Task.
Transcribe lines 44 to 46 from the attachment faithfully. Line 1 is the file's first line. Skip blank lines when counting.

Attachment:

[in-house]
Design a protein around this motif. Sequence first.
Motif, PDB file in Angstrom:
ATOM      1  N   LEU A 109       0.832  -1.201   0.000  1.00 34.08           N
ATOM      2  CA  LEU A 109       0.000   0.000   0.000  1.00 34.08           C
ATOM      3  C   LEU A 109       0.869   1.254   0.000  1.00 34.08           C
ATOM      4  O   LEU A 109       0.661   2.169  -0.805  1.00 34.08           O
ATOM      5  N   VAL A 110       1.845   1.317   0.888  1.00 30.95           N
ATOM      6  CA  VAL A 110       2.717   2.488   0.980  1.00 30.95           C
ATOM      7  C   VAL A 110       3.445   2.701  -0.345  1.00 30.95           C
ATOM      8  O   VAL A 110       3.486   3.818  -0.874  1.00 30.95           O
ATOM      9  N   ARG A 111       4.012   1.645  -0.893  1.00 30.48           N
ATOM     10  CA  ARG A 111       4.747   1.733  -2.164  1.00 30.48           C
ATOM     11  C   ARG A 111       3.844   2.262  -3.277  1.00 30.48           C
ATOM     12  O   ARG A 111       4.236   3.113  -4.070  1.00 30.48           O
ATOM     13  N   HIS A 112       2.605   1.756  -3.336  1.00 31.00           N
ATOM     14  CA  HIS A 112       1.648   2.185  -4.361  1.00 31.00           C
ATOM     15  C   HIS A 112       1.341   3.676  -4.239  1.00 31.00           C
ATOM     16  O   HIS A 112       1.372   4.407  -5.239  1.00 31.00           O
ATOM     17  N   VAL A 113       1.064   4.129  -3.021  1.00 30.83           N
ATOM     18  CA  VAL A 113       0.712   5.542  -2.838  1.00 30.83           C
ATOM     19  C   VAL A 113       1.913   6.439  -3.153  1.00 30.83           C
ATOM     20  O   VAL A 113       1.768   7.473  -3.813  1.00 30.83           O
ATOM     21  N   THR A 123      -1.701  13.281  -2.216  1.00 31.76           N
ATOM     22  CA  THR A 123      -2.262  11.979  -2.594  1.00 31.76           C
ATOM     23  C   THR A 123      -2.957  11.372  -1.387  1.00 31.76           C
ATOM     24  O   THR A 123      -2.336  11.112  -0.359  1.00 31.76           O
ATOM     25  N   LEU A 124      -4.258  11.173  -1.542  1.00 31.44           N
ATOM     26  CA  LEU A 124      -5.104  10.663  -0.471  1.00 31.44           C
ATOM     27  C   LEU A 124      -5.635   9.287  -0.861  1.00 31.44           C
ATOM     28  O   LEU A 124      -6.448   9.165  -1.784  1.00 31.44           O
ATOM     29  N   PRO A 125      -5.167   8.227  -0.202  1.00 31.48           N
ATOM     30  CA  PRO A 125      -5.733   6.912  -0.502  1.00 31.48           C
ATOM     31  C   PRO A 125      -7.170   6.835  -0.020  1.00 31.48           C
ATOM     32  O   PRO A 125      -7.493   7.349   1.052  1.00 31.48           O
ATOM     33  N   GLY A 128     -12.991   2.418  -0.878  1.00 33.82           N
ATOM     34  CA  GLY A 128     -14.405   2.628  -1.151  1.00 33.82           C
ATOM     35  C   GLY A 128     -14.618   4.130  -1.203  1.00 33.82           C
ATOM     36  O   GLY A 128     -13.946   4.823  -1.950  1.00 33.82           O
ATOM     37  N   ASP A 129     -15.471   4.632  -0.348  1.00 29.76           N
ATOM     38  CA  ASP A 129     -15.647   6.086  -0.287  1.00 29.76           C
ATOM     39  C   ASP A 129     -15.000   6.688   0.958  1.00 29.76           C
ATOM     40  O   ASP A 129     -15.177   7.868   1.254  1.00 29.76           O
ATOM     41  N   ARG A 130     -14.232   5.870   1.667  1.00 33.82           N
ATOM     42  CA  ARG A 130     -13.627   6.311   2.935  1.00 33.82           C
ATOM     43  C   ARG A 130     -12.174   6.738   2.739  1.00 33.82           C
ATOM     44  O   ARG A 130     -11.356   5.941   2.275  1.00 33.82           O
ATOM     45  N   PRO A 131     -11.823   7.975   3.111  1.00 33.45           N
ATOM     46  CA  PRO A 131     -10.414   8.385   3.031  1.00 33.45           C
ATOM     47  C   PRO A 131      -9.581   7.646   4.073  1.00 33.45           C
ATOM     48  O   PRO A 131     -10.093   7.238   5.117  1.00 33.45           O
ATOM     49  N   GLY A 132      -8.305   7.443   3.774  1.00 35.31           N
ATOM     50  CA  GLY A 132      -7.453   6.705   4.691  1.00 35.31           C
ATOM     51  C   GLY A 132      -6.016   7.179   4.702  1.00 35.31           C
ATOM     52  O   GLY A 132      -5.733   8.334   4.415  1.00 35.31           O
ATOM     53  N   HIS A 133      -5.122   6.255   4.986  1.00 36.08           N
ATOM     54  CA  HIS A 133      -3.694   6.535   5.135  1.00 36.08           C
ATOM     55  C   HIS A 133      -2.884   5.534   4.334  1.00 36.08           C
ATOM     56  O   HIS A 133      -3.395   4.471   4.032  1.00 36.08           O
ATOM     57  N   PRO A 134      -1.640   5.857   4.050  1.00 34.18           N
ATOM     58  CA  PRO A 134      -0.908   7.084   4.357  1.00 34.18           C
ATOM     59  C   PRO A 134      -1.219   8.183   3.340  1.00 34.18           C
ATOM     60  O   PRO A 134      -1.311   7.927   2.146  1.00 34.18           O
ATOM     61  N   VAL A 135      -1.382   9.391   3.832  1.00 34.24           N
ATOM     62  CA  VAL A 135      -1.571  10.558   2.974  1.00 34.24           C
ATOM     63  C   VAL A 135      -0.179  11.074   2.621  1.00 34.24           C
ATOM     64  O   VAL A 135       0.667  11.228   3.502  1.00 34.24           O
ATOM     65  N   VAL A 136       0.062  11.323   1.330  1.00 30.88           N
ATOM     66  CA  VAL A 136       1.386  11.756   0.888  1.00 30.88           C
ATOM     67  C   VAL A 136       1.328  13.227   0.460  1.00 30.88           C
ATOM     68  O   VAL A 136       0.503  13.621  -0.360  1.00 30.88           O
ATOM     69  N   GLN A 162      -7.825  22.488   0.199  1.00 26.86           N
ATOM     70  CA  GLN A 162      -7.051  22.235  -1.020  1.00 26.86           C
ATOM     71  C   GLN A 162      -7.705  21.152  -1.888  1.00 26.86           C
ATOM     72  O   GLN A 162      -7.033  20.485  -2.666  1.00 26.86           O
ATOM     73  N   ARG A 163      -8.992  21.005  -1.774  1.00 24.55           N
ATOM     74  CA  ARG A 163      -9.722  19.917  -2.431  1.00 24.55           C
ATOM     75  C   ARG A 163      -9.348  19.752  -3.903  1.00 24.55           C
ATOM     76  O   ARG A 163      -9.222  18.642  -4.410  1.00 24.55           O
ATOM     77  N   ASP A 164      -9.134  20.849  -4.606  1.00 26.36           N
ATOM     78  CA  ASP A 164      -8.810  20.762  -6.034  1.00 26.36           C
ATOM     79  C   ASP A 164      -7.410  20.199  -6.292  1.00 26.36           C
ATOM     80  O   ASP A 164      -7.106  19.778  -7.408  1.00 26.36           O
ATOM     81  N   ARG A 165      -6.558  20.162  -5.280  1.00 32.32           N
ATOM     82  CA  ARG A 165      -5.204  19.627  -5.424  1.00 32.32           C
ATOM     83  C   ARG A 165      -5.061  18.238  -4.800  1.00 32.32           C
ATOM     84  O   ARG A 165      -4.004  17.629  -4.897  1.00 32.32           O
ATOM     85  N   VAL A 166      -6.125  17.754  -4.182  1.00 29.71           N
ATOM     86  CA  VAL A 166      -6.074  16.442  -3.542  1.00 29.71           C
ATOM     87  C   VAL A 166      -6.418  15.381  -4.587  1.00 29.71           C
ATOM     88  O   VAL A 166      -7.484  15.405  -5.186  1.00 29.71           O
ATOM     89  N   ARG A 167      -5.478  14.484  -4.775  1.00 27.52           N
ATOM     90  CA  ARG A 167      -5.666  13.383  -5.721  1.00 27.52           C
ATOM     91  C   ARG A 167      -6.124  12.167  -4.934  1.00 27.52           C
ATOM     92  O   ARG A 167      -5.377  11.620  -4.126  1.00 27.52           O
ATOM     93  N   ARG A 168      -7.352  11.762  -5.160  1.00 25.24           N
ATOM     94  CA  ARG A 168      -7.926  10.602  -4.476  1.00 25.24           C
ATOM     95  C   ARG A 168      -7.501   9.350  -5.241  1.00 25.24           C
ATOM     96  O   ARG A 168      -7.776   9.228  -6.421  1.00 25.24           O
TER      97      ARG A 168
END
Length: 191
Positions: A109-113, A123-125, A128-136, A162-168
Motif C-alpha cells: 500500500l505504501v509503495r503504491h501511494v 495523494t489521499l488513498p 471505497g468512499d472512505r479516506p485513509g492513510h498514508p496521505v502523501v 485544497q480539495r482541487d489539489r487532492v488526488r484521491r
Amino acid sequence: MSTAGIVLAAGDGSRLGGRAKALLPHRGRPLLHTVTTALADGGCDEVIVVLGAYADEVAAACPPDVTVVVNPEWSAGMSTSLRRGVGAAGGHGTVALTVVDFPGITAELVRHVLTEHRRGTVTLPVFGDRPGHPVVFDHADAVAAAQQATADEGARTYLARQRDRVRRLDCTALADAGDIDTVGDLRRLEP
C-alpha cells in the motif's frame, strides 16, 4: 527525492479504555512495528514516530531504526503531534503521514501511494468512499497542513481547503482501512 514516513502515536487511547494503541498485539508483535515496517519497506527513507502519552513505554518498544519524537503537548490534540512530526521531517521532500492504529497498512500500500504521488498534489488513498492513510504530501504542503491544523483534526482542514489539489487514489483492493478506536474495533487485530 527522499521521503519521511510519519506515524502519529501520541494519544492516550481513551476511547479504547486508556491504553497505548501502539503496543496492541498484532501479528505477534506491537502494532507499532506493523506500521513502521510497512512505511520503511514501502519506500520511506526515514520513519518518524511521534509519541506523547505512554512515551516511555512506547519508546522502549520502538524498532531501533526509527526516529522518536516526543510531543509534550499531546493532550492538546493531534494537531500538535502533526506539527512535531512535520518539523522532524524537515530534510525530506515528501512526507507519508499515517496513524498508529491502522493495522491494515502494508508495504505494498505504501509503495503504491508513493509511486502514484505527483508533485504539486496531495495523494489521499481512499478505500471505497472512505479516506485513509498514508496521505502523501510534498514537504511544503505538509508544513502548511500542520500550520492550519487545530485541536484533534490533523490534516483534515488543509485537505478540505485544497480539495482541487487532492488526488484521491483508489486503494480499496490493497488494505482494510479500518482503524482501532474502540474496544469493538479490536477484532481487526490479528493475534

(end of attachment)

ATOM     41  N   ARG A 130     -14.232   5.870   1.667  1.00 33.82           N
ATOM     42  CA  ARG A 130     -13.627   6.311   2.935  1.00 33.82           C
ATOM     43  C   ARG A 130     -12.174   6.738   2.739  1.00 33.82           C